Sean Chase Blog The frenetic soapbox

Mar 30


MVC 3 - Search Form & Result Paging

  • Created: Wednesday, March 30, 2011
  • Sean

Developing a search form should be one of the simplest Web development tasks in the world. I can do it in a few minutes with ASP.NET WebForms, but for some reason with MVC it kicked my ass! Then I remembered back to the good old 90s when contract rates were high, the economy was great, and I was 20lbs lighter.

...oh and classic ASP forced you to create forms where you could either do a POST or a GET. Remember GET? Yeah it's beeen a while if you've been an ASP.NET developer. But welcome back! That is...if you are using MVC.

It is actually pretty simple. If, unlike me, you by chance bump into the blog post instead of trying to find the (IMO) really BAD answers on (at least to-date) and various corners of the Interwebz googling things with Bing or binging things with Google....but I digress.

Here's the answer:

  1. Make your form do an HTTP GET.
  2. Use Nuget to download PagedList
  3. Use Model Binding in your controller action method.
  4. Use RouteValueDictionary in the PagedList Pager HTML helper.
  5. ???
  6. Profit!

Here's the code for the ViewModel class, controller, and View (in that order):

using PagedList;


namespace SearchFormResultPagingExample.Models {

    public class SearchViewModel {

        public int? Page { get; set; }

        public string EmailAddress { get; set; }

        public string LastName { get; set; }

        public IPagedList<Contact> SearchResults { get; set; }

        public string SearchButton { get; set; }




using System.Linq;

using System.Web.Mvc;

using SearchFormResultPagingExample.Models;

using PagedList; //NOTE: use Nuget to reference PagedList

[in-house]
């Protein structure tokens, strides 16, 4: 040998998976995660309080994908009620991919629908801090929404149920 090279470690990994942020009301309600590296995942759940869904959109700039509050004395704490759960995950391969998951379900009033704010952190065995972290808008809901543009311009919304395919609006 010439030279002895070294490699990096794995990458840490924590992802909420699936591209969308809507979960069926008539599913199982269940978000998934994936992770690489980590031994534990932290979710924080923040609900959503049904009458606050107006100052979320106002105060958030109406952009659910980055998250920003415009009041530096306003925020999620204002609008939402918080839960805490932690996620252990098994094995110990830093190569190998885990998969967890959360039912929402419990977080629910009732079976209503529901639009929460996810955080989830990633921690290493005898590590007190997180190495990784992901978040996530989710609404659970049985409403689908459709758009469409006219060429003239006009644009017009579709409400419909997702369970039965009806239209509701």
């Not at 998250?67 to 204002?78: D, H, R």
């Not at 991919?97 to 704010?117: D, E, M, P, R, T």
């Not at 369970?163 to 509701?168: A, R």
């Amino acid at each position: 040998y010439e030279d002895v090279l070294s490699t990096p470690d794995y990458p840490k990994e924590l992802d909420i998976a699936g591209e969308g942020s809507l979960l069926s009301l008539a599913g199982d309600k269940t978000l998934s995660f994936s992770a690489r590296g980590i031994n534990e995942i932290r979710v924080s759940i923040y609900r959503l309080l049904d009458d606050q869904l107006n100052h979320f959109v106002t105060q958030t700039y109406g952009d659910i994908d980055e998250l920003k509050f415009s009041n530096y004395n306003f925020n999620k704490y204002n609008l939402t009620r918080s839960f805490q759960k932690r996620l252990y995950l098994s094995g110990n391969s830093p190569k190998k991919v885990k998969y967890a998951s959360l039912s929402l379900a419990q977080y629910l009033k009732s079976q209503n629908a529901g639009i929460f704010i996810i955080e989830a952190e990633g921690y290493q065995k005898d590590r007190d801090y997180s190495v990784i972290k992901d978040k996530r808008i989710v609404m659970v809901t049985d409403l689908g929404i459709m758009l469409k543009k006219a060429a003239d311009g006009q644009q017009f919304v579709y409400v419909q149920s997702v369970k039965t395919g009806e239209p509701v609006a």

namespace SearchFormResultPagingExample.Controllers {

    public class SearchController : Controller {

        const int RecordsPerPage = 25;


        public ActionResult Index(SearchViewModel model) {

            if (!string.IsNullOrEmpty(model.SearchButton) || model.Page.HasValue) {

                var entities = new AdventureWorksEntities();

                var results = entities.Contacts.Where(c => c.LastName.StartsWith(model.LastName) && c.EmailAddress.StartsWith(model.EmailAddress))

                    .OrderBy(o => o.LastName);


                var pageIndex = model.Page ?? 0;

                model.SearchResults = results.ToPagedList(pageIndex, 25);


            return View(model);





@model SearchFormResultPagingExample.Models.SearchViewModel

@using PagedList.Mvc;


@using (Html.BeginForm("Index", "Search", FormMethod.Get)) {



        <legend>Contact Searchlegend>


        <div class="editor-label">

            @Html.LabelFor(model => model.EmailAddress)


        <div class="editor-field">

            @Html.EditorFor(model => model.EmailAddress)

            @Html.ValidationMessageFor(model => model.EmailAddress)



        <div class="editor-label">

            @Html.LabelFor(model => model.LastName)


        <div class="editor-field">

            @Html.EditorFor(model => model.LastName)

            @Html.ValidationMessageFor(model => model.LastName)



            <input name="SearchButton" type="submit" value="Search" />





@if (Model.SearchResults != null && Model.SearchResults.Count > 0) {

    foreach (var result in Model.SearchResults) {

            <hr />

               <table width="100%">


                             <td valign="top" width="*">

                        <div style="font-weight: bold; font-size:large;">@result.LastName, @result.FirstNamediv>

                        @result.Title<br />

                        @result.Phone<br />






        <hr />



            page => Url.Action("Index", new RouteValueDictionary() {

               { "Page", page },

               { "EmailAddress", Model.EmailAddress },

               { "LastName", Model.LastName }




The magic is that MVC coerces the querystring back into the model and vice versa.

Hope this helps anyone trying to figure this out.